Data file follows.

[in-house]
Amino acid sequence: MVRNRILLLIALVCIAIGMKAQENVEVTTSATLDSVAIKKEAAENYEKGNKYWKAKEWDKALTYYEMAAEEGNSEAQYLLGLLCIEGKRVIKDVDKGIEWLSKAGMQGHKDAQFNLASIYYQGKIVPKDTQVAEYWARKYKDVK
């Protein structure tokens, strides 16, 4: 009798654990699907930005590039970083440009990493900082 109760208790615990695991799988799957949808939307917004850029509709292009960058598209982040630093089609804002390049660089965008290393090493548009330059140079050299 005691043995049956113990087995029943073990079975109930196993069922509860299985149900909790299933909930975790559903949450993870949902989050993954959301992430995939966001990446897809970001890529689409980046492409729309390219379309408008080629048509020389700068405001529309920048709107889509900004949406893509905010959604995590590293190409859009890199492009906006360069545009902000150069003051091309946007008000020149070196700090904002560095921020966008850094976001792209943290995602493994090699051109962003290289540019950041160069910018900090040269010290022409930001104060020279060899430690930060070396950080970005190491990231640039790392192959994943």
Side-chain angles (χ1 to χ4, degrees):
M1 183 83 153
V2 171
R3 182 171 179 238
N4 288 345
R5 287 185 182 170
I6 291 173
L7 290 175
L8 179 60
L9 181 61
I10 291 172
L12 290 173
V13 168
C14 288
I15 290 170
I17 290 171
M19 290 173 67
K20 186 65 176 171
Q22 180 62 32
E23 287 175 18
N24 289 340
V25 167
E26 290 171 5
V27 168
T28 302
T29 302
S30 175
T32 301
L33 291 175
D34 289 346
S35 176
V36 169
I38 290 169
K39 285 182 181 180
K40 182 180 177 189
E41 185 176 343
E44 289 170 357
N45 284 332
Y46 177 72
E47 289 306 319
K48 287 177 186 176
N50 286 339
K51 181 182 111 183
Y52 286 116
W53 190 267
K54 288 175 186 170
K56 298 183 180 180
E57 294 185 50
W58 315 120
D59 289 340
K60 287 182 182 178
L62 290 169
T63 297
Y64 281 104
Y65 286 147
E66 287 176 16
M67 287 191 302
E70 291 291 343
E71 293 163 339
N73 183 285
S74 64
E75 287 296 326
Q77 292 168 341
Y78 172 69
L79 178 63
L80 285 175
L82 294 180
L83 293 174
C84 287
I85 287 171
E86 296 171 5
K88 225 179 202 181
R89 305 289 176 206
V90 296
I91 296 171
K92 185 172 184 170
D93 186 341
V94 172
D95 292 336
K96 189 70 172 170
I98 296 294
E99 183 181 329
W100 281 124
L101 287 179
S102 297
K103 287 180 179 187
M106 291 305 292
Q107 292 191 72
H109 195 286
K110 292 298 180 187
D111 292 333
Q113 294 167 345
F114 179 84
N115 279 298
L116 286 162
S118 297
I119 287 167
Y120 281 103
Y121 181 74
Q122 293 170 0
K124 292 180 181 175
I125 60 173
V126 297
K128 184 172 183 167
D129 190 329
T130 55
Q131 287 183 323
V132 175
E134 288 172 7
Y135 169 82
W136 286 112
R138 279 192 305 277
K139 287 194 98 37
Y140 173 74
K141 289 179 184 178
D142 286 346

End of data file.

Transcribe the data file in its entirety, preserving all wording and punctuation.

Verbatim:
[in-house]
Amino acid sequence: MVRNRILLLIALVCIAIGMKAQENVEVTTSATLDSVAIKKEAAENYEKGNKYWKAKEWDKALTYYEMAAEEGNSEAQYLLGLLCIEGKRVIKDVDKGIEWLSKAGMQGHKDAQFNLASIYYQGKIVPKDTQVAEYWARKYKDVK
């Protein structure tokens, strides 16, 4: 009798654990699907930005590039970083440009990493900082 109760208790615990695991799988799957949808939307917004850029509709292009960058598209982040630093089609804002390049660089965008290393090493548009330059140079050299 005691043995049956113990087995029943073990079975109930196993069922509860299985149900909790299933909930975790559903949450993870949902989050993954959301992430995939966001990446897809970001890529689409980046492409729309390219379309408008080629048509020389700068405001529309920048709107889509900004949406893509905010959604995590590293190409859009890199492009906006360069545009902000150069003051091309946007008000020149070196700090904002560095921020966008850094976001792209943290995602493994090699051109962003290289540019950041160069910018900090040269010290022409930001104060020279060899430690930060070396950080970005190491990231640039790392192959994943």
Side-chain angles (χ1 to χ4, degrees):
M1 183 83 153
V2 171
R3 182 171 179 238
N4 288 345
R5 287 185 182 170
I6 291 173
L7 290 175
L8 179 60
L9 181 61
I10 291 172
L12 290 173
V13 168
C14 288
I15 290 170
I17 290 171
M19 290 173 67
K20 186 65 176 171
Q22 180 62 32
E23 287 175 18
N24 289 340
V25 167
E26 290 171 5
V27 168
T28 302
T29 302
S30 175
T32 301
L33 291 175
D34 289 346
S35 176
V36 169
I38 290 169
K39 285 182 181 180
K40 182 180 177 189
E41 185 176 343
E44 289 170 357
N45 284 332
Y46 177 72
E47 289 306 319
K48 287 177 186 176
N50 286 339
K51 181 182 111 183
Y52 286 116
W53 190 267
K54 288 175 186 170
K56 298 183 180 180
E57 294 185 50
W58 315 120
D59 289 340
K60 287 182 182 178
L62 290 169
T63 297
Y64 281 104
Y65 286 147
E66 287 176 16
M67 287 191 302
E70 291 291 343
E71 293 163 339
N73 183 285
S74 64
E75 287 296 326
Q77 292 168 341
Y78 172 69
L79 178 63
L80 285 175
L82 294 180
L83 293 174
C84 287
I85 287 171
E86 296 171 5
K88 225 179 202 181
R89 305 289 176 206
V90 296
I91 296 171
K92 185 172 184 170
D93 186 341
V94 172
D95 292 336
K96 189 70 172 170
I98 296 294
E99 183 181 329
W100 281 124
L101 287 179
S102 297
K103 287 180 179 187
M106 291 305 292
Q107 292 191 72
H109 195 286
K110 292 298 180 187
D111 292 333
Q113 294 167 345
F114 179 84
N115 279 298
L116 286 162
S118 297
I119 287 167
Y120 281 103
Y121 181 74
Q122 293 170 0
K124 292 180 181 175
I125 60 173
V126 297
K128 184 172 183 167
D129 190 329
T130 55
Q131 287 183 323
V132 175
E134 288 172 7
Y135 169 82
W136 286 112
R138 279 192 305 277
K139 287 194 98 37
Y140 173 74
K141 289 179 184 178
D142 286 346